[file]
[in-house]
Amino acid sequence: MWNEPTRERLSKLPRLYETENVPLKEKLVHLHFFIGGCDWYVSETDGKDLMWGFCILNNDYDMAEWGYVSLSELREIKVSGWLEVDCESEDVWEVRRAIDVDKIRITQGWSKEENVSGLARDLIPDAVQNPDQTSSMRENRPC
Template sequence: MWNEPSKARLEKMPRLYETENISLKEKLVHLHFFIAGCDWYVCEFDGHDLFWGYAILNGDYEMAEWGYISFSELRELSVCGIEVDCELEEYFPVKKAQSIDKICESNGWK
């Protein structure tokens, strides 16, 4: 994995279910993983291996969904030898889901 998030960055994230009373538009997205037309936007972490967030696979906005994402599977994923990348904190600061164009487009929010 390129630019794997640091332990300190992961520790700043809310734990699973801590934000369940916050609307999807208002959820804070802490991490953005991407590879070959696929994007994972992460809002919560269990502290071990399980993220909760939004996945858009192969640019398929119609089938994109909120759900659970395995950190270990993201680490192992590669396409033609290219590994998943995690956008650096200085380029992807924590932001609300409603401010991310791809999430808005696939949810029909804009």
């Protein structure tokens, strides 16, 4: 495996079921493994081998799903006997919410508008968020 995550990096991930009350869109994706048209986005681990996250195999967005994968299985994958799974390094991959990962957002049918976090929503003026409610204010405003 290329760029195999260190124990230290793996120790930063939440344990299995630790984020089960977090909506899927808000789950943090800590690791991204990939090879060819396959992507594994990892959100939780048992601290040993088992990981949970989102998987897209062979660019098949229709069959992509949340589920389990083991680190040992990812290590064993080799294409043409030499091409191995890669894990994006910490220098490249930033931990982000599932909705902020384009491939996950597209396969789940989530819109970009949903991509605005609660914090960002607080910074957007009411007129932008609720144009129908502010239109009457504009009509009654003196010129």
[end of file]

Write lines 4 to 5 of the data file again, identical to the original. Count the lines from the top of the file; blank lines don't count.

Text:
């Protein structure tokens, strides 16, 4: 994995279910993983291996969904030898889901 998030960055994230009373538009997205037309936007972490967030696979906005994402599977994923990348904190600061164009487009929010 390129630019794997640091332990300190992961520790700043809310734990699973801590934000369940916050609307999807208002959820804070802490991490953005991407590879070959696929994007994972992460809002919560269990502290071990399980993220909760939004996945858009192969640019398929119609089938994109909120759900659970395995950190270990993201680490192992590669396409033609290219590994998943995690956008650096200085380029992807924590932001609300409603401010991310791809999430808005696939949810029909804009």
């Protein structure tokens, strides 16, 4: 495996079921493994081998799903006997919410508008968020 995550990096991930009350869109994706048209986005681990996250195999967005994968299985994958799974390094991959990962957002049918976090929503003026409610204010405003 290329760029195999260190124990230290793996120790930063939440344990299995630790984020089960977090909506899927808000789950943090800590690791991204990939090879060819396959992507594994990892959100939780048992601290040993088992990981949970989102998987897209062979660019098949229709069959992509949340589920389990083991680190040992990812290590064993080799294409043409030499091409191995890669894990994006910490220098490249930033931990982000599932909705902020384009491939996950597209396969789940989530819109970009949903991509605005609660914090960002607080910074957007009411007129932008609720144009129908502010239109009457504009009509009654003196010129």